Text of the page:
Wednesday, December 15, 2010

Effects of HIV PSAs?

NBC New York has a story about the controversy surrounding New York City's new HIV public service announcements. Some gay rights groups want them pulled saying that they stigmatize homosexuals, while other groups say that the ads should stay because they are starting a conversation about a very important topic.

My question is - Does anyone know what the effects of these PSAs actually are? I really hope that the Health Department tested these ads before running them and this controversy is just speculation on the part of advocacy groups. With focus groups and interviews, health communication researchers can answer these sorts of questions and prevent organizations like the Public Health Department from needlessly spending money on ads that have little, or worse, no effect. Let's hope the communication research process intervened here.

Wednesday, December 8, 2010

Is WikiLeaks Good or Bad for Scholarship?

Daniel W. Drezner, a professor of international politics at Tufts, has written a Chronicle of Higher Education column entitled "Why WikiLeaks is Bad for Scholars" which argues that the massive unauthorized release of classified documents will hurt future scholars because the U.S. government will seek tighter control of information as a reaction to this scandal.

As an information professional, I can't help but think that any release of information can't be entirely bad for scholars because, whether it was authorized or not, these cables provide yet another source for researchers to study so that they can get a clearer picture of what was happening diplomatically. While the U.S. government may try to impose tighter control on its information in the future, many such attempts in the past have failed and the information eventually gets out anyway. Just look at how WikiLeaks has been able to move its site around over the last few days to still be able to get its message out.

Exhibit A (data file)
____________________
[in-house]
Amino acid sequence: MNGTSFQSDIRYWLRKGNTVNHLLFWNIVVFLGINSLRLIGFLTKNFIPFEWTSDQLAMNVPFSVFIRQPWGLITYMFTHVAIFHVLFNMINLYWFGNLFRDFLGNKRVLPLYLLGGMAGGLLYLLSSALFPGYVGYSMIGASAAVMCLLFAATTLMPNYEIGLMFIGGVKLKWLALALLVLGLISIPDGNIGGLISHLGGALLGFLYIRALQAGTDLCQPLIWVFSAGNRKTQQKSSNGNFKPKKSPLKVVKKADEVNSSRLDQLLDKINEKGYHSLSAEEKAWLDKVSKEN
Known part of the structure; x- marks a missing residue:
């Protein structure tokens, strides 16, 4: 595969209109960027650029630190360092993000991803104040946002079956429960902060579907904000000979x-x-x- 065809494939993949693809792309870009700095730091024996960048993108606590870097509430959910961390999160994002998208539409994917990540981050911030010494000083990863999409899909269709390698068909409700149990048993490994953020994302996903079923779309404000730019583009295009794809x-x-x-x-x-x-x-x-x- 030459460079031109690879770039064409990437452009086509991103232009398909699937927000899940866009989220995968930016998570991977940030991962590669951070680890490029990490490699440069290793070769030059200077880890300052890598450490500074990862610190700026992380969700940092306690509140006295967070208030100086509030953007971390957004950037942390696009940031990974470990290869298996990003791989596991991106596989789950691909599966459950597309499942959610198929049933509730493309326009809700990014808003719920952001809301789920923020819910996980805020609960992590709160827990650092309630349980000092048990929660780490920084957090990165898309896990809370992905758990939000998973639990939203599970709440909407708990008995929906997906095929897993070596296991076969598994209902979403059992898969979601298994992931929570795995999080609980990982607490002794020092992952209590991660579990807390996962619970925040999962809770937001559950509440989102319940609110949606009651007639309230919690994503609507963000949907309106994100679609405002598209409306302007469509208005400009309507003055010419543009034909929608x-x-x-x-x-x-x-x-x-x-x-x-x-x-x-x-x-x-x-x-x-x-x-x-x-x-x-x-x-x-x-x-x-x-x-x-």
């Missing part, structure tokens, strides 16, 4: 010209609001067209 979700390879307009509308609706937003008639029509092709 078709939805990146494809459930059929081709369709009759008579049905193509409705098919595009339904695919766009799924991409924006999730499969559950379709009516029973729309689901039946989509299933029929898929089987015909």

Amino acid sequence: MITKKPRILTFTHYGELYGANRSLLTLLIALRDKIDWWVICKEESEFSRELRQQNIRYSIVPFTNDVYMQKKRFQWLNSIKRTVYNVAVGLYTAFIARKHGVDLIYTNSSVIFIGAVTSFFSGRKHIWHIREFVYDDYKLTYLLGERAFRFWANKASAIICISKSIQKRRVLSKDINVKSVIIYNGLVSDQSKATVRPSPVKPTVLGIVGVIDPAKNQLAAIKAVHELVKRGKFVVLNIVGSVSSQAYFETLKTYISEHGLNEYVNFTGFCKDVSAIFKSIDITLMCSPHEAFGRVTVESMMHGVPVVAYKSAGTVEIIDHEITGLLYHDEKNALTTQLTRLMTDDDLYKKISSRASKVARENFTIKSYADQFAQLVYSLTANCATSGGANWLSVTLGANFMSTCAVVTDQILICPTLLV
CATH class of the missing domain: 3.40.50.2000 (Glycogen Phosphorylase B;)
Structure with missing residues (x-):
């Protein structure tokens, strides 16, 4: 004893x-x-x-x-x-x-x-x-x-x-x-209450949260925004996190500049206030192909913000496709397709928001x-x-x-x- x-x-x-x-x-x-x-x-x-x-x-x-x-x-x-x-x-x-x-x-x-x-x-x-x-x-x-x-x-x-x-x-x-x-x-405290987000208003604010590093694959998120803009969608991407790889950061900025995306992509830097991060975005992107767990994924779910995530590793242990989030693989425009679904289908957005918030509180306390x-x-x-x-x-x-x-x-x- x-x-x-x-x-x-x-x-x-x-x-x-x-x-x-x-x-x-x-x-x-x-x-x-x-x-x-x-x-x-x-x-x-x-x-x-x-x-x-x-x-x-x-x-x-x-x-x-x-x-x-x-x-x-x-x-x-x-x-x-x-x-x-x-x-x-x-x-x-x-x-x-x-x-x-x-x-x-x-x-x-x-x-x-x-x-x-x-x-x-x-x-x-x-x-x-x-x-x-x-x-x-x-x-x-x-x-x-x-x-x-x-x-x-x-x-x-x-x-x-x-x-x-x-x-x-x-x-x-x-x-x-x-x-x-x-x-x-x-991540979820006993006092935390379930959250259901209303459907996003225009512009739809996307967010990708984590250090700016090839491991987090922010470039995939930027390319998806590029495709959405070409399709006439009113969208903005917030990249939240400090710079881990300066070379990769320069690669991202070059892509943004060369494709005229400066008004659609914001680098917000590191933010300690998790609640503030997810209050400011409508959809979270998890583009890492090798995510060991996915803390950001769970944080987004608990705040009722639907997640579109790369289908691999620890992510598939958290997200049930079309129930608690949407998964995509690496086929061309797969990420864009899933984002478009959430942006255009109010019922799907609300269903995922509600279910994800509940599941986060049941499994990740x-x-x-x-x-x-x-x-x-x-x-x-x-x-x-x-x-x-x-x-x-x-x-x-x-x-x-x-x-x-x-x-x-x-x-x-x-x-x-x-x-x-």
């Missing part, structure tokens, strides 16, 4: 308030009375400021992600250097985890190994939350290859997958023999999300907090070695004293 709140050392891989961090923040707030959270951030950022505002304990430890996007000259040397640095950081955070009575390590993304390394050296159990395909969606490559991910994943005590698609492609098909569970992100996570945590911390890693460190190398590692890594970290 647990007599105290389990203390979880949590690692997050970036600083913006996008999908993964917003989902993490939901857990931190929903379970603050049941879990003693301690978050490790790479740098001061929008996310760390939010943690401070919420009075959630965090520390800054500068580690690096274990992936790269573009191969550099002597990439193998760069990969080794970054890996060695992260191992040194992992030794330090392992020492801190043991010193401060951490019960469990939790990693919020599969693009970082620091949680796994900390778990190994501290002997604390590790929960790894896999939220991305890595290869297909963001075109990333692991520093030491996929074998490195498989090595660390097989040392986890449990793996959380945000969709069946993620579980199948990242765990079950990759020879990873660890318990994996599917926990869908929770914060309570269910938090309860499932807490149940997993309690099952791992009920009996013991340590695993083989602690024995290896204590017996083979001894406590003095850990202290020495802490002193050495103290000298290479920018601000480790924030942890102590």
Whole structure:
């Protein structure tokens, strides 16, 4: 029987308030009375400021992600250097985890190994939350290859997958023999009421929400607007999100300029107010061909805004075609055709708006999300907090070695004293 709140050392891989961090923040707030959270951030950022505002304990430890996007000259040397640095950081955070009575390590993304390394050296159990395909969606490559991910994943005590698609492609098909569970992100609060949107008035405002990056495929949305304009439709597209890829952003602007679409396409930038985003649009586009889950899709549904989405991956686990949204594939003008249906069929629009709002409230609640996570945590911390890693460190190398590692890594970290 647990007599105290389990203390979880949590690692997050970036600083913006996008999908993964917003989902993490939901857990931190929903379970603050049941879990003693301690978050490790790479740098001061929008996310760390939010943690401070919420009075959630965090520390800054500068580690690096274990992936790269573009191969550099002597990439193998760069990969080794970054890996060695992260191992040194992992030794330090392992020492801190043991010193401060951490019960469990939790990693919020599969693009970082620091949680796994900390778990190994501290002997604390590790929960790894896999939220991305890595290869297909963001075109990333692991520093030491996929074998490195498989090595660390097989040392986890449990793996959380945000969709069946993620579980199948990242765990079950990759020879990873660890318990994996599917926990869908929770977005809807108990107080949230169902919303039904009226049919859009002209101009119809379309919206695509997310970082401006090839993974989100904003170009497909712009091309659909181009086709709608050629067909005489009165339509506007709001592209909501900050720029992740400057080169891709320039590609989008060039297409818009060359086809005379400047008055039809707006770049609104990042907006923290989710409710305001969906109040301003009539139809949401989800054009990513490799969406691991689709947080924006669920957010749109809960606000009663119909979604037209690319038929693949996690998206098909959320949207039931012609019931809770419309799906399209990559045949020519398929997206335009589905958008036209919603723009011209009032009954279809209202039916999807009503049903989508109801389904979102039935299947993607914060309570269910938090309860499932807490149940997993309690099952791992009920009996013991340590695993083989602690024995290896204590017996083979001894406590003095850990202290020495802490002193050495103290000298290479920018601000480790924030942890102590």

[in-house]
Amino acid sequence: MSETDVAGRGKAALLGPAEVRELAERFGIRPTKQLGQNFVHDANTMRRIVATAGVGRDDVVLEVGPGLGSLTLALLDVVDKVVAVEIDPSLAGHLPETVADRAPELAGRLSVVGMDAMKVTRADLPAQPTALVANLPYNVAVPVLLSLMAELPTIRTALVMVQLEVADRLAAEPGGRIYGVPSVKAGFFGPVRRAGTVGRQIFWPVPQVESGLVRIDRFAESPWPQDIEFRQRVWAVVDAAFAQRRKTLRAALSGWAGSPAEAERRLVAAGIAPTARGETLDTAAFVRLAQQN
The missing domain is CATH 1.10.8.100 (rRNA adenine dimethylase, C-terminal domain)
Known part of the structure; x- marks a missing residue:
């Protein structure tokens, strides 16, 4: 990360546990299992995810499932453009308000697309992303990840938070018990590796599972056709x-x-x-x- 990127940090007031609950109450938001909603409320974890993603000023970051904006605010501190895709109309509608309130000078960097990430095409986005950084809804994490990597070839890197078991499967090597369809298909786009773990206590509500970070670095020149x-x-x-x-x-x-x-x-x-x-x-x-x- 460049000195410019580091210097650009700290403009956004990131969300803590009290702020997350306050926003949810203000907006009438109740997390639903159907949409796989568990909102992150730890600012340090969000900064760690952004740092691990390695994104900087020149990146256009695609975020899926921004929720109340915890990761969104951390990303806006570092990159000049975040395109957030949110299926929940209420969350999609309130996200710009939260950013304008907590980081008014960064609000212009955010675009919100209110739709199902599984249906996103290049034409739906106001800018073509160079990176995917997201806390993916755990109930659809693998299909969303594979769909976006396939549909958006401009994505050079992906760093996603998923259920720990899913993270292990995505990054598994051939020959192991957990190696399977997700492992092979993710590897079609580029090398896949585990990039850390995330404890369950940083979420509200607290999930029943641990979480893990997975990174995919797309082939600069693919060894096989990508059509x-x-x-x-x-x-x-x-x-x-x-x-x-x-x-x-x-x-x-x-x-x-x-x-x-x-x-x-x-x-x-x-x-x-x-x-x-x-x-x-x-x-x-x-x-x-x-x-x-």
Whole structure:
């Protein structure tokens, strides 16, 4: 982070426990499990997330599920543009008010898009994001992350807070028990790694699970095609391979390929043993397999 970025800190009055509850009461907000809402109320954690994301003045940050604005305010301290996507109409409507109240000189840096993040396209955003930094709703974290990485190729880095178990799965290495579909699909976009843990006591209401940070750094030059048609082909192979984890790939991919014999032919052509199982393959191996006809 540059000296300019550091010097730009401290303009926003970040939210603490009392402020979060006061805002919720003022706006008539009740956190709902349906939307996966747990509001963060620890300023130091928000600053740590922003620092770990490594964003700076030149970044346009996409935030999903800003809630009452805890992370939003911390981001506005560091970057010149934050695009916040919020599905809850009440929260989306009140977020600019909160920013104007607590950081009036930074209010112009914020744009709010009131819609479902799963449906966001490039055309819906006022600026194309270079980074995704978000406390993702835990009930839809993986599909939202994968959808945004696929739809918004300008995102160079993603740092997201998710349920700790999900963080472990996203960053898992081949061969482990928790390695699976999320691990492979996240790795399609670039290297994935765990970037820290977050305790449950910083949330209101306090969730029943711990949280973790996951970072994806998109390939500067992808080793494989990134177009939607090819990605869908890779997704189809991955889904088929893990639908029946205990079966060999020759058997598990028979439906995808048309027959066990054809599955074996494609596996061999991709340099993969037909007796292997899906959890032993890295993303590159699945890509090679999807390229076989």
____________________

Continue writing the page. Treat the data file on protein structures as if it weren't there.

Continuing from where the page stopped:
Basically in this information age, scholars really don't have to worry about having too little information for their research. It's information overload and the credibility of sources of information that really should be the bigger concerns.

Thursday, December 2, 2010

Congress Turns the TV Down

Today Congress passed the CALM Act - it is a bill that would outlaw loud TV commercials. I've noted two common themes (or frames for you communication scholars) in the news coverage:
  • A focus on strategy. For example, CBS News leads with: "Congress is scrambling to address many issues during the lame duck session, including the Bush tax cuts, immigration reform, gays in the military and the extension of unemployment benefits -- but the House made time today to also pass the CALM Act, a bill that will ban loud television commercials."
  • An issue focus. For example, an AP story points out (bad grammar aside): "Consumers long have been complained about being blasted with noisy TV ads, but the FCC currently does not regulate audio levels."
This reminds me of the strategy and issue framing that is described in Cappella and Jamieson's Spiral of Cynicism. I just love it when research plays itself out in daily life.